As I’d written in a previous post, I enjoy getting lost in a foreign city and finding my way again. I like to just put away my map and wander for hours, full of intrigue and discovery. But, in my recent travels, there was one particular city that posed a navigational challenge beyond that which I’ve experienced in any other city – and that was Venezia. There, I had the Venezia Experience.
Venezia is a city full of narrow alleyways that start, end or change names or direction on a whim. It’s full of unmarked bridges over unnamed canals over which you’re forced to cross as you reach dead end after dead end. To make matters more challenging, the majority of Venezia’s more notorious landmarks are clustered in one spot on the Grand Canal in Piazza San Marco, and this left me, while I was there, with not much else with which to establish a feel for my relative location among things. Thus, unless I was standing smack dab in the middle of the piazza itself, I found myself disoriented within moments if said landmarks were not in sight.
In Venezia, I found that there was little point in using a map. If I was able to pinpoint my location within a map at all (which was rare), I often lost my bearings instantaneously as I took my eyes off of the map to continue on my way. I’ve concluded that unless you have a GPS, it’s better to just wander and hope for the best. It’s an island (and a small one at that), so there’s only so “lost” you can get.
As frustrating an experience as this sounds like, this particular navigational challenge was THE awesome of my time in Venezia. I was in the City of Bridges for 2 full days – the first of which I’d dedicated to simply getting lost. I started my day early with a lift up to the top of la Campanile di San Marco (the bell tower) for an “aerial” view of the city and a feel for what I was getting myself into. Then, for the next several hours – approximately 7, if you include a lunch and a dinner in one of a slew of Italian restaurants scattered throughout the city, as well as a brief stop into Stazione San Lucia, upon which I’d literally stumbled, to buy my train ticket to Firenze for a few days later – I wandered. I wandered with not even an ounce of direction, though I doubt I could have had it if I tried. Especially seeing as this was my first true day in the city.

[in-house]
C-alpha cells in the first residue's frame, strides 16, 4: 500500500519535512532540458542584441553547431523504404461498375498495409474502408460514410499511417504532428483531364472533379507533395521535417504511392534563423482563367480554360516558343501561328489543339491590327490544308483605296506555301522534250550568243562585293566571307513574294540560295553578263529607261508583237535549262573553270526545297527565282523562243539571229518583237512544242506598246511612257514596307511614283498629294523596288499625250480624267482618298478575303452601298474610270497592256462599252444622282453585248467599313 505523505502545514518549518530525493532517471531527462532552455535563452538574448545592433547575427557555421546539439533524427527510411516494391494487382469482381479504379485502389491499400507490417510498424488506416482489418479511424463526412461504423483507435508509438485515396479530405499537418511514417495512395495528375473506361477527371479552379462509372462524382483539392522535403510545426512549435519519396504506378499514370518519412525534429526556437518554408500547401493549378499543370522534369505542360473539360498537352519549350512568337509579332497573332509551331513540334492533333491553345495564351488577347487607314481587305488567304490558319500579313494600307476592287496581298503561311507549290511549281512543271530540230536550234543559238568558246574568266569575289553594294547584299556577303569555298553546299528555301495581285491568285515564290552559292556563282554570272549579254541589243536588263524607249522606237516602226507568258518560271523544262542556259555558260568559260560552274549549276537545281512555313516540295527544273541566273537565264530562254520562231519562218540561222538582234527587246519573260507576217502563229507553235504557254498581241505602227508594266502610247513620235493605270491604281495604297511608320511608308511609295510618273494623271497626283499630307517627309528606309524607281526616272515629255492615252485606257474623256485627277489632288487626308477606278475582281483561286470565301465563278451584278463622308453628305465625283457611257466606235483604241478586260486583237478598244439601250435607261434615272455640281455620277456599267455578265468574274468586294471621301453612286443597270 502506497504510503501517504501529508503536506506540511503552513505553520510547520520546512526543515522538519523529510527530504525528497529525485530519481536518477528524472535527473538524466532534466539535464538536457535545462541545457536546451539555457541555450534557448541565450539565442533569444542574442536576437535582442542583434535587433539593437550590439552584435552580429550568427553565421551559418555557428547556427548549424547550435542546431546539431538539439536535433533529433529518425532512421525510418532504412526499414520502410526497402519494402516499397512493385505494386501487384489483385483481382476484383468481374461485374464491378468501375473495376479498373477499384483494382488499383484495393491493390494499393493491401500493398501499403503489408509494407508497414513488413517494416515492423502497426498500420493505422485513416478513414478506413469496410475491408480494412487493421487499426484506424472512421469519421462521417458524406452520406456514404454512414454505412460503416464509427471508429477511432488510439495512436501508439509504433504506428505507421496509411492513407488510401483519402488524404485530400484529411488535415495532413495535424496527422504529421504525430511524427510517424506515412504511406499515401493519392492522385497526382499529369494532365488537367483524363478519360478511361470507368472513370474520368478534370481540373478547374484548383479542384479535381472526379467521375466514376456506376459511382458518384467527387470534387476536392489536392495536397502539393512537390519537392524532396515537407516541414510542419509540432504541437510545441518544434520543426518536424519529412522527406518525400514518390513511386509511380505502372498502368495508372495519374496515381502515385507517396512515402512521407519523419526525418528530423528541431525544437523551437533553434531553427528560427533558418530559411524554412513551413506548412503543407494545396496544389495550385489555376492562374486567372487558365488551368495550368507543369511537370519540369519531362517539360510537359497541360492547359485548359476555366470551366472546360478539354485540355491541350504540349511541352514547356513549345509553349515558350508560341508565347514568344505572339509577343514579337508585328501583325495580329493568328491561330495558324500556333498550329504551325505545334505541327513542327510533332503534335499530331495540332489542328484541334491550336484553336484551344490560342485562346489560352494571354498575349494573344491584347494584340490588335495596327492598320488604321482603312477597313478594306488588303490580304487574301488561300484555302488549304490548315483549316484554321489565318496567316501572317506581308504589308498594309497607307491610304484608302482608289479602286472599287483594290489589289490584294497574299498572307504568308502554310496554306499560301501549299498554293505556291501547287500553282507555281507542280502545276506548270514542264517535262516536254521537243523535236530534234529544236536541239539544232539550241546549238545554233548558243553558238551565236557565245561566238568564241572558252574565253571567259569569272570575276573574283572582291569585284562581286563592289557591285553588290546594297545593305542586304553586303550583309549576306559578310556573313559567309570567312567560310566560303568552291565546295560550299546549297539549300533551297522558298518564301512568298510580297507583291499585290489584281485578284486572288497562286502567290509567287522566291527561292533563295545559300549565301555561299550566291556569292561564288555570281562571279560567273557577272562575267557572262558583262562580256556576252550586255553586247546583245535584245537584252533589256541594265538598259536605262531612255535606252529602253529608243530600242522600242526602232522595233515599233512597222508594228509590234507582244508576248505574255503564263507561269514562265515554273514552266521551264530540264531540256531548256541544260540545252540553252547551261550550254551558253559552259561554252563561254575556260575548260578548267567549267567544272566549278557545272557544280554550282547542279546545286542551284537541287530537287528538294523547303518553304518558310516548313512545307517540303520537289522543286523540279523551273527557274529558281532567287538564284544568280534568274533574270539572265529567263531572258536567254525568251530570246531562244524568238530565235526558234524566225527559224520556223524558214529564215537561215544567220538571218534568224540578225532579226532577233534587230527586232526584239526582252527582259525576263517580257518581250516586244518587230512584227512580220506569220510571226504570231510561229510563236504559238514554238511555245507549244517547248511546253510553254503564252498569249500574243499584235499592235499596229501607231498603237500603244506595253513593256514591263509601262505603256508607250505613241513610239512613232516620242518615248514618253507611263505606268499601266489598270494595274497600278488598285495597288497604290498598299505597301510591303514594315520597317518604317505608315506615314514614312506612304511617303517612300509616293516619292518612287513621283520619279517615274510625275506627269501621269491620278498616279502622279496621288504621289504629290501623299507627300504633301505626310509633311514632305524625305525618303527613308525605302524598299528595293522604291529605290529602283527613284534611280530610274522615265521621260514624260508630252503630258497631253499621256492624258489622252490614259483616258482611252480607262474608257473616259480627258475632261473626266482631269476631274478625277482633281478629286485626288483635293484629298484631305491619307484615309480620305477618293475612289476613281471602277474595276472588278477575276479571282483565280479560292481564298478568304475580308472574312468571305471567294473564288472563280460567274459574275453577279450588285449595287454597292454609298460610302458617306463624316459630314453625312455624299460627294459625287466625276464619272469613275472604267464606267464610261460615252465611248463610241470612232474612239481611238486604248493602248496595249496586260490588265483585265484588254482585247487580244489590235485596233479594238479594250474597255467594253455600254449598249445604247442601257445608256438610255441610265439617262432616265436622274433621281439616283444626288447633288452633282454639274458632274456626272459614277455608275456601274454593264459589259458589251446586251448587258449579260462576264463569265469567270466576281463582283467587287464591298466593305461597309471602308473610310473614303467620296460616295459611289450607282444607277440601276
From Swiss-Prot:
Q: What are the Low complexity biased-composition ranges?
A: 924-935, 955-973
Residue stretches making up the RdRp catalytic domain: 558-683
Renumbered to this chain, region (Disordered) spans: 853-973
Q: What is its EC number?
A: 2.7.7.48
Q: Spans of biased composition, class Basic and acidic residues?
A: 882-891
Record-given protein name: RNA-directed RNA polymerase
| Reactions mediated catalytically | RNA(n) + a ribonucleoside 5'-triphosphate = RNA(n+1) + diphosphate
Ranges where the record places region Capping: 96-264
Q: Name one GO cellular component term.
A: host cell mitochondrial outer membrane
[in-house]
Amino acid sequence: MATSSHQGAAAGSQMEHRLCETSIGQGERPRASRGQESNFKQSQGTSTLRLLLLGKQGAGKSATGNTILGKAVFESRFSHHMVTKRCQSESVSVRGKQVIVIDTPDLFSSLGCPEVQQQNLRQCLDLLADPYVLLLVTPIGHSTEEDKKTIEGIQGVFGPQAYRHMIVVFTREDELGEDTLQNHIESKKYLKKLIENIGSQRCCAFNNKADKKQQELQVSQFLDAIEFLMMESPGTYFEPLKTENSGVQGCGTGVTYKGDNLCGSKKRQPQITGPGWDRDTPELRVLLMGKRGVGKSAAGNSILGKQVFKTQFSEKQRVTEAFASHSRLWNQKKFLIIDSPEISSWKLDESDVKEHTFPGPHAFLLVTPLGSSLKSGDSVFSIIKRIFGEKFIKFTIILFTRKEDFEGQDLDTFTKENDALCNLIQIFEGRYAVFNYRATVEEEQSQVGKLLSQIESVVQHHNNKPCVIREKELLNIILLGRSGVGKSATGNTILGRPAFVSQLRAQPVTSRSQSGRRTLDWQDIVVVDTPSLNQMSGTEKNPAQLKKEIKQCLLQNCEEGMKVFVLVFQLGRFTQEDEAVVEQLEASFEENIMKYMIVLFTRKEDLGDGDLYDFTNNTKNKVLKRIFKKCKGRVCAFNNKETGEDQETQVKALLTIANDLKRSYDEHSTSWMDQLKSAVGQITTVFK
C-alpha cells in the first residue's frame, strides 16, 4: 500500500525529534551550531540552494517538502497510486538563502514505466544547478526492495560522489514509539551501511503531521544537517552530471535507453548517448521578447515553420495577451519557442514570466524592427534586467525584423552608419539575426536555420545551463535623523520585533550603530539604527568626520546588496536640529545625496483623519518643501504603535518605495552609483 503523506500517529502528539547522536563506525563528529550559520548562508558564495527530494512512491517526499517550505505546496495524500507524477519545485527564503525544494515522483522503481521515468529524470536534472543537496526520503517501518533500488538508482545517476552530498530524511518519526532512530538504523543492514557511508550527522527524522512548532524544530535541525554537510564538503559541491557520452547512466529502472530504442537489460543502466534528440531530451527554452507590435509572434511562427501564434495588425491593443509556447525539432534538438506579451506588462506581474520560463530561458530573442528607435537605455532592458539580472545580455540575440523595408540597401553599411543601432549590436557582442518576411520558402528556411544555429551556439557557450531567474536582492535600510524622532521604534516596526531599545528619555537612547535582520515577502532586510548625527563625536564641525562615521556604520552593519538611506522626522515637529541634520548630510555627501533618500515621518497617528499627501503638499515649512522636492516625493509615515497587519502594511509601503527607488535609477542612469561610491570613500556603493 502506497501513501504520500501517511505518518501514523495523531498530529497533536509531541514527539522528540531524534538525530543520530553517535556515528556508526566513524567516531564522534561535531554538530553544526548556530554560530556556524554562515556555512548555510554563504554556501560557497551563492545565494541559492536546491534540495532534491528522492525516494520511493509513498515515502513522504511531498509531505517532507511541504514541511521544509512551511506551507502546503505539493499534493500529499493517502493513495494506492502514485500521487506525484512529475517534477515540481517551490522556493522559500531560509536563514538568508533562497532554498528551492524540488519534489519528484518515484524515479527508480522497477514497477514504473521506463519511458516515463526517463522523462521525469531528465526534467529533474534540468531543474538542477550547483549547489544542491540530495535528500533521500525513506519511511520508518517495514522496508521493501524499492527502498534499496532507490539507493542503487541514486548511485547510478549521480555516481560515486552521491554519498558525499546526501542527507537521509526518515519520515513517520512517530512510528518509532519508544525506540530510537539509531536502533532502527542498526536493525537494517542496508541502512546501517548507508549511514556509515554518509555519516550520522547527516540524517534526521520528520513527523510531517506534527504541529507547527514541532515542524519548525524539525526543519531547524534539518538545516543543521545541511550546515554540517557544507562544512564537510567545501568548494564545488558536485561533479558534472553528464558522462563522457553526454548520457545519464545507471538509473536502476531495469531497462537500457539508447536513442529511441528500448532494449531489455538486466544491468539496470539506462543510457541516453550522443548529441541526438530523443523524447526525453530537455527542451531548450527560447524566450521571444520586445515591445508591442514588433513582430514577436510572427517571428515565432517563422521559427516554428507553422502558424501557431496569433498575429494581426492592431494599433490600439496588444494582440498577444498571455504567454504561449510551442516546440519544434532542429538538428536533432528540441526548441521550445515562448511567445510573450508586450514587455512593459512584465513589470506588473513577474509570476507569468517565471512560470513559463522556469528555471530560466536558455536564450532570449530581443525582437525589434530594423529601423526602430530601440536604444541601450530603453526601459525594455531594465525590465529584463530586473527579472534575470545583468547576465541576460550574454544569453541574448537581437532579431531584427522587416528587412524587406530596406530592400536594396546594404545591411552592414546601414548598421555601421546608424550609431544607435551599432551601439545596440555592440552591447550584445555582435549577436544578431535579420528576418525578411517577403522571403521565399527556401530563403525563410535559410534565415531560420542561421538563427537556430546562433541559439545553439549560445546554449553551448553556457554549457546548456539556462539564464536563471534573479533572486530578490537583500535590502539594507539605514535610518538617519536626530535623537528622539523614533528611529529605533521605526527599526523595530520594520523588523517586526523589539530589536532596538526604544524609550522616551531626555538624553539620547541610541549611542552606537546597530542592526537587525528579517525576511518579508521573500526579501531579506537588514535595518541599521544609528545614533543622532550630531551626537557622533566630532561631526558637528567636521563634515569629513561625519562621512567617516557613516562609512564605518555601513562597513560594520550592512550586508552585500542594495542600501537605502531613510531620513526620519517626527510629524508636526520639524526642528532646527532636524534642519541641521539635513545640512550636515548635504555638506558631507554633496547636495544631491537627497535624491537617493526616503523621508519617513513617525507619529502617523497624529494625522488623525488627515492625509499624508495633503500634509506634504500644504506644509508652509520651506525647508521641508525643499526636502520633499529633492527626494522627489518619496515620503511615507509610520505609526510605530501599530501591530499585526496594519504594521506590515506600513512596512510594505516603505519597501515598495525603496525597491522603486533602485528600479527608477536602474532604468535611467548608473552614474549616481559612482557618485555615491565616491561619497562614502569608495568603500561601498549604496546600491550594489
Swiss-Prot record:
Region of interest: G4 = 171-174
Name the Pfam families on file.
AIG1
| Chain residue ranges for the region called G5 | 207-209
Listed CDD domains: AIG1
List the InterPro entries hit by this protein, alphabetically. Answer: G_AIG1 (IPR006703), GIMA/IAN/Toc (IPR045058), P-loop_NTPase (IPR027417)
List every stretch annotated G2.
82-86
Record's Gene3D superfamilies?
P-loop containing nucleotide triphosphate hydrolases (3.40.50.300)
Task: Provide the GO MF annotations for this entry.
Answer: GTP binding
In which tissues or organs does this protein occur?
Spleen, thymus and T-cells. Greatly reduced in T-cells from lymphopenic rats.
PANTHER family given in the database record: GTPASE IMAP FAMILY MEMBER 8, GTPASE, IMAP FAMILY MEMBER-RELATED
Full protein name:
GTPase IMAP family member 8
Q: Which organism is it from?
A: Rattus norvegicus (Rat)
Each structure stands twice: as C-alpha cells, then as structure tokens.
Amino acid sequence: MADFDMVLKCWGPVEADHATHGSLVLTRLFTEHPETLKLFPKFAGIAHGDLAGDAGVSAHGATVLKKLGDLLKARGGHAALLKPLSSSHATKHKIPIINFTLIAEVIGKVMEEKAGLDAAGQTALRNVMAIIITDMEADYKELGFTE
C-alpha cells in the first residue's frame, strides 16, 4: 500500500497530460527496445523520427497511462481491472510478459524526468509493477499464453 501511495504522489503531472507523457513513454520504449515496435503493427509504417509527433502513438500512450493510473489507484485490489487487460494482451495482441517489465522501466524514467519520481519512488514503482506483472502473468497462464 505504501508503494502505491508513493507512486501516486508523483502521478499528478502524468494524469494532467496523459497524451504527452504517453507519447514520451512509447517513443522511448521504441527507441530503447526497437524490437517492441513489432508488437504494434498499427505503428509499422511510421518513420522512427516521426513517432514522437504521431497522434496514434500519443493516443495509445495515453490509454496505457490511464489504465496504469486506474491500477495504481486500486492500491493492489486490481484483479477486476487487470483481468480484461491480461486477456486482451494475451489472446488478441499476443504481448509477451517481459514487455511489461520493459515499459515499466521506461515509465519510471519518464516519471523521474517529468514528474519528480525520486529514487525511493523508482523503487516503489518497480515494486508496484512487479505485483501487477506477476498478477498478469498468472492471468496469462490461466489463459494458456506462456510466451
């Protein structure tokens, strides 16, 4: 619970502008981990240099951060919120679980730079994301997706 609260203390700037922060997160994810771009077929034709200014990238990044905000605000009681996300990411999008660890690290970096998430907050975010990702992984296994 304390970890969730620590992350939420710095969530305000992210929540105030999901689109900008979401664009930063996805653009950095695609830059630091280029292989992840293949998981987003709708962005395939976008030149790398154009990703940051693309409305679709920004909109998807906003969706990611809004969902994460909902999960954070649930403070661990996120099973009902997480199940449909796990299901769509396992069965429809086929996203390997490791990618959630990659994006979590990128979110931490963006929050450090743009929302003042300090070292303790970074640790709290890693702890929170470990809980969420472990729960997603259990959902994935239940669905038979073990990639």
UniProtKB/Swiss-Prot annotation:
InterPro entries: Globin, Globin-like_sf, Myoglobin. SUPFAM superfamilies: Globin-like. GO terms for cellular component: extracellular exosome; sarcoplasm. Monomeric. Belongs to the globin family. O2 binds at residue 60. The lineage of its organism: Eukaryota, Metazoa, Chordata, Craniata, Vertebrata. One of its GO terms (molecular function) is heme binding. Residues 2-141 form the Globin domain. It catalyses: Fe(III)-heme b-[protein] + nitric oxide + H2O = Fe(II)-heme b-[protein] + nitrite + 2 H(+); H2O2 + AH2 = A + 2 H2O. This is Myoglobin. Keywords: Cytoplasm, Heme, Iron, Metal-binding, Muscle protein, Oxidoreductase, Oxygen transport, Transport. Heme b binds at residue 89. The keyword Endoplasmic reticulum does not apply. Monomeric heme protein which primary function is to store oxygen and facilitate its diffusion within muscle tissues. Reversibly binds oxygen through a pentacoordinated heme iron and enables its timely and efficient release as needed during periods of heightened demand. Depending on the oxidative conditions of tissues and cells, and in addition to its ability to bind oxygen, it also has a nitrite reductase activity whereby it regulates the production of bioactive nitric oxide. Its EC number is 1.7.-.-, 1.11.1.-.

Having no true destination in mind left me feeling more free to just stop and look at whatever it was along the way that interested me – be it a little souvenir shop, a gallery, a unique canal, interesting Venetian architecture or colourful and beautifully arranged confectionary shops. I was more in tune to my surroundings, and I was more involved in the Venezia Experience.
Here are my favourite of my photographs from that day: